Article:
It’s bad enough that Israel’s unemployment rate stood at a stunning 12.1% at the end of August, by its broadest measure But a lot of people worry that elevated levels of joblessness are going to be with us for a long time. Indeed, they say Israel may even suffer the same chronic unemployment as Europe did for years after the 2008 Great Recession ended.
If so, it would be quite ugly. We’re not just talking about the heavy weight imposed on the economy by so many people not engaged in productive work, or the lost opportunity for the young to acquire skills and experience and for older workers to accumulate pension savings. Long-term joblessness goes hand in hand with hopelessness and can easily provide fuel for social turbulence and political extremism.
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Israel has happily had little experience with that. Until the coronavirus descended upon us, the economy was a job-creating machine. Chronic unemployment was practically non-existent.
Does the pandemic mark the end of the good old days? I don’t think so, but it is worthwhile looking into what’s happening in the labor market right now to see why some people are worried.
At the peak of the coronavirus lockdown in spring, Israel’s jobless rate reached almost a quarter of the workforce, a level near to what the United States suffered in the Great Depression. When the lockdown ended in mid-May, the rate dropped quickly to below 12%. But since then it had stubbornly remained at about that level.
That number doesn’t reflect the classic definition of unemployment. It includes not only people who don’t have a job and are actively looking for one, which is the number statisticians customarily use, but a couple of new categories that would normally be excluded, most notably workers who have been furloughed due to the coronavirus.
They aren’t looking for work because the hope to be called back to their old jobs when the crisis is over. But, as the 12.1% figure shows, that’s not been happening so quickly. On the contrary, the classic jobless rate has been rising. It seems a lot of people who were furloughed have now been fired.
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Double-digit unemployment doesn’t seem to square with how the rest of the Israeli economy is faring. Large swathes of the job market have been little affected by the crisis, most notably high-tech and the public sector. Even the hardest-hit parts of the economy seem to be bouncing back – tourism, for example, enjoyed a summer surge because Israelis couldn’t vacation overseas.
Many suspect that a lot of Israel’s unemployment is artificial: that a lot of people are working off the books and others have decided to take an extended coronavirus vacation at the state’s expense. The government has pledged to keep paying jobless benefits till the end of June 2020 (although the level will of payments will start dropping when the unemployment rate falls below 10%). So why bother to look for a job now?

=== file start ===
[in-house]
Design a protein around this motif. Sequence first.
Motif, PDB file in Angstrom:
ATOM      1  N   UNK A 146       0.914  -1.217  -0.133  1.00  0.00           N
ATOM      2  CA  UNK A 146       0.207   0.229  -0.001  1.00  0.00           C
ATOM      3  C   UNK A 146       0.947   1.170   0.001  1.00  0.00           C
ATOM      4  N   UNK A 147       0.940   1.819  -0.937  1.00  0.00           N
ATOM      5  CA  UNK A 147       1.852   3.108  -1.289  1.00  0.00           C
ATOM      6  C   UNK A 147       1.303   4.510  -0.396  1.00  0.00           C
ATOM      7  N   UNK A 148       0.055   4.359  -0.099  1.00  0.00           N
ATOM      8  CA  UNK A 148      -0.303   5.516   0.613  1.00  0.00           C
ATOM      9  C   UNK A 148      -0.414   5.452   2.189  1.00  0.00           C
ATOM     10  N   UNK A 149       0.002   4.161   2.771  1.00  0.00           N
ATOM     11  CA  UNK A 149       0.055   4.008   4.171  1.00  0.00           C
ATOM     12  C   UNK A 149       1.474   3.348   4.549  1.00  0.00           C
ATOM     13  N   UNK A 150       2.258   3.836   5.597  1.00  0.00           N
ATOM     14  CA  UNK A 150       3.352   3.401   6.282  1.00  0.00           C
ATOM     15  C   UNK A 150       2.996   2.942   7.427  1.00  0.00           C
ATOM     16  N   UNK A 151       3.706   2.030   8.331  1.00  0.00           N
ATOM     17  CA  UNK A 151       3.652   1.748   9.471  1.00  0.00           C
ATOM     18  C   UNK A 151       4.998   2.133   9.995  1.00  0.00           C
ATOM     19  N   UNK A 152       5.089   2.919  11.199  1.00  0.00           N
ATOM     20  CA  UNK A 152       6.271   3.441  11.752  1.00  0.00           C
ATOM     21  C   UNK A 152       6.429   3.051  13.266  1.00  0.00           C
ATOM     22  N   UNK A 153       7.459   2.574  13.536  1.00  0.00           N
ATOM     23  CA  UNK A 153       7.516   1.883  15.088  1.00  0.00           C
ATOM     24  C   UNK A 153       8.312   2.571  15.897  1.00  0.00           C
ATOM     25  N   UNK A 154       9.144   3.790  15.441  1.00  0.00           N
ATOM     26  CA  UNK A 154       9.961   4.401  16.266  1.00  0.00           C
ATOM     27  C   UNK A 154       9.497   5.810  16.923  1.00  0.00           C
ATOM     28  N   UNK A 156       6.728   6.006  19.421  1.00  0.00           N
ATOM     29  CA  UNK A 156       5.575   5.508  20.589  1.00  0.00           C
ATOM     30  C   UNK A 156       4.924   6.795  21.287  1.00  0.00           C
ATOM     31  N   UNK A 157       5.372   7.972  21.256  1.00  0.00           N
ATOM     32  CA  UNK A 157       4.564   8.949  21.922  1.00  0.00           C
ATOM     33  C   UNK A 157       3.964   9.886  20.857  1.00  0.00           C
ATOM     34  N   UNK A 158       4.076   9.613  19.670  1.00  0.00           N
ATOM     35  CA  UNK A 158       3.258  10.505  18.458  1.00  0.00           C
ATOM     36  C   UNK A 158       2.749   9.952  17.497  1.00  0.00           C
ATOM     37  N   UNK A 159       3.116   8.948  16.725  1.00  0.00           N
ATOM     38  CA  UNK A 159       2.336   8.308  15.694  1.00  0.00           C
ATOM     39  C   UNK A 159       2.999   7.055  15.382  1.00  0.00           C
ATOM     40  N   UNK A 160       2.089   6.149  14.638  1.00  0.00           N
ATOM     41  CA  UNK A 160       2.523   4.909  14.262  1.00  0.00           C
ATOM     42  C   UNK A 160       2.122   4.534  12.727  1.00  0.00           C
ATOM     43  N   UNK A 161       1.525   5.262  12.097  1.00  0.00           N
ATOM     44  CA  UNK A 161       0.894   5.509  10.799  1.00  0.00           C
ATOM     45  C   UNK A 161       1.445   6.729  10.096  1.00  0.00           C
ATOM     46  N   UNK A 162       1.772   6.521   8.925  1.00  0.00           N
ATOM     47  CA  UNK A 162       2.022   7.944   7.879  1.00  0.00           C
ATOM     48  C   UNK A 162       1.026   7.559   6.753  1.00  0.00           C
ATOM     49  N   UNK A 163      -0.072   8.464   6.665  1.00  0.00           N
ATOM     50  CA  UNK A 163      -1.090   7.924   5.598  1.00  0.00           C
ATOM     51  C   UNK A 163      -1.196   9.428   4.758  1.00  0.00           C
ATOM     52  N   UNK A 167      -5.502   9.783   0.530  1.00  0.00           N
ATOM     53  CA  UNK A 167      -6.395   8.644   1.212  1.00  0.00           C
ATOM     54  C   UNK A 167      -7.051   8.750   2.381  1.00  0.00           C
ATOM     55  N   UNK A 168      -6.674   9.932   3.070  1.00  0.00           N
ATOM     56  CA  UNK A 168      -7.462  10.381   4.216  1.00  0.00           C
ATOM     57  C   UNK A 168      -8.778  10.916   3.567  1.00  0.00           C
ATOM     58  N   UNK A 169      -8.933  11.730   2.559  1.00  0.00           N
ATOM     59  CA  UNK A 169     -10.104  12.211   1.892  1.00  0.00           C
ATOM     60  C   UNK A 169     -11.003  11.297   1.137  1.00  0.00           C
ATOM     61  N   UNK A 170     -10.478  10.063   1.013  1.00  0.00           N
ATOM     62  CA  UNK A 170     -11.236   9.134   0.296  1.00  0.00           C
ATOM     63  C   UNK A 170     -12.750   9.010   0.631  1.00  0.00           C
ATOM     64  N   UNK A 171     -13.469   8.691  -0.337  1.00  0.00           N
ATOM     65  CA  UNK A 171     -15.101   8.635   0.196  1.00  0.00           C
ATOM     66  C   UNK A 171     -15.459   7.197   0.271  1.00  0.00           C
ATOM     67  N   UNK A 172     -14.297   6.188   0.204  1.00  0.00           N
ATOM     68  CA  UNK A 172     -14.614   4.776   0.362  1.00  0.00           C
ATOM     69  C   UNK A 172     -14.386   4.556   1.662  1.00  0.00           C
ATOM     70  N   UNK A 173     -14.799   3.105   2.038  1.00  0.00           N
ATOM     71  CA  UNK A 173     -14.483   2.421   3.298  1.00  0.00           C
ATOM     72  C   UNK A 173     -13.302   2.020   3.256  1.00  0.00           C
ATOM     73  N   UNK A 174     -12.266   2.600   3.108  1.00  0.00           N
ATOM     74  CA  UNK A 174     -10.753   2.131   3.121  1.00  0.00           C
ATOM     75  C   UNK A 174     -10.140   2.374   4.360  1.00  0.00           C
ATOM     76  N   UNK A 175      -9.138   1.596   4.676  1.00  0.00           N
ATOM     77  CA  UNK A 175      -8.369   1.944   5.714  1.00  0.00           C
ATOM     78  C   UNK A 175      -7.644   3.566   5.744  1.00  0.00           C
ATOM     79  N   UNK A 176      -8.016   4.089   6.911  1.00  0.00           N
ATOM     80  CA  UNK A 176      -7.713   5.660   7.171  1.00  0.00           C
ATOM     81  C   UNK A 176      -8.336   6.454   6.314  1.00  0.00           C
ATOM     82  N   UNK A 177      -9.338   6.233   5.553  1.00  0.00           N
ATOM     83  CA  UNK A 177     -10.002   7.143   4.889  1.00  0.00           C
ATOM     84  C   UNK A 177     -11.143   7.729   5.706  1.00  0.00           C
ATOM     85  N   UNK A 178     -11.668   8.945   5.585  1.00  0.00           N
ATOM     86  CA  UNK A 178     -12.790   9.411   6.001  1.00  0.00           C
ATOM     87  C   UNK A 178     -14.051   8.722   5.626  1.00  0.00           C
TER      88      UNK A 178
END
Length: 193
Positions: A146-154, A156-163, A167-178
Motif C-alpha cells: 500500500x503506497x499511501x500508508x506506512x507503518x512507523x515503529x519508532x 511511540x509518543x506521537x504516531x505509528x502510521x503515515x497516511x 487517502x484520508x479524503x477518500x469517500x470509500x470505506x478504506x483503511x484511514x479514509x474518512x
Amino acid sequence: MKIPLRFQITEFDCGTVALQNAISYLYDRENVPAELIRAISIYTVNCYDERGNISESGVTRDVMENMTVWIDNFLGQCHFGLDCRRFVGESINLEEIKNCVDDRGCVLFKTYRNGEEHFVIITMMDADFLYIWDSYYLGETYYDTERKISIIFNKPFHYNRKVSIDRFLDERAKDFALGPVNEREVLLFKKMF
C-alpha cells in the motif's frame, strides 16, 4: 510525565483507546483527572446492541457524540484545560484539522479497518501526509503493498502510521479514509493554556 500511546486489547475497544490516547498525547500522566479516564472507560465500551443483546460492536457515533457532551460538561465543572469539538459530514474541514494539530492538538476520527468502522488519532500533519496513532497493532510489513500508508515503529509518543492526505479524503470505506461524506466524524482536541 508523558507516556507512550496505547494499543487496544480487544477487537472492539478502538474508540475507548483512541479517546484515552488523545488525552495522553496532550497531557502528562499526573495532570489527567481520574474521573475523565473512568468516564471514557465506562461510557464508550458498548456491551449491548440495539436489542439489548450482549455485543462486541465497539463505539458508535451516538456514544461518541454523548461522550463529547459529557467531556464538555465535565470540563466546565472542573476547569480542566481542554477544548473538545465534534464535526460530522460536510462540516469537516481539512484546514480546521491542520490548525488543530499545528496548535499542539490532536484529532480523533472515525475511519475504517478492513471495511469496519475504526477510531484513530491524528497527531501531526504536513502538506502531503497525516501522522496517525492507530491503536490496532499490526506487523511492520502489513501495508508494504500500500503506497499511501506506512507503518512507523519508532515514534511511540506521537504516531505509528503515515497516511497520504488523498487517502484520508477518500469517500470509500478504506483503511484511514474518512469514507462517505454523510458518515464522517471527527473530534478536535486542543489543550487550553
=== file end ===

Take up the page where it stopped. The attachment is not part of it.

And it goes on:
It’s hard to say how widespread a phenomenon this is. The media are filled with stories about jobs going begging, and economists usually assume that unemployment benefits deter people from looking for a job until they have to (meaning when their benefits are about to expire).
But the current reality of the Israeli job market tells another story. The number of job openings has started to pick from coronavirus lows, but as of July (the last month for which there are figures), it was still way down from pre-pandemic levels – just 52,500 jobs on offer, compared with 95,000-104,000 a month in 2017-2019.
Meanwhile, in July over 500,000 were unemployed up from about 150,000 in any given month in the pre-coronavirus days. There are no doubt people who are taking advantage of the government’s generosity, but the fact is the supply of jobs is far short of demand. The ratio of 1 job opening for every 1.5 unemployed has grown to 1 for every 10.
Many of the jobs going begging are probably low-skilled, low-pay jobs usually filled by young people. If you’re single and not planning a high-powered career, why not live on benefits? But if you older, have a family to support and don’t want your job history to have a big black hole of a year’s unemployment, you’ll be scanning the job sites.
Those who suspect there’s widespread loafing accuse the government of constructing a labor-market aid program that incentivizes people to stay unemployed with extended benefits rather than incentivizing employers to take on workers.
There’s a degree of truth to that, but given the urgency of the coronavirus crisis, more ambitious plans like infrastructure spending and worker retraining would have taken too long to be put into effect. The government needed to get the economy moving quickly, which as the crowded hotels and traffic-clogged highway show, it did.
If the coronavirus doesn’t go away, we and the rest of the world are going to have a chronic unemployment problem no matter what the government does. But assuming COVID does depart the scene, the Israeli economy remains dynamic enough for the jobs engine to rev up again. This is one instance where we should be glad we’re not in Europe.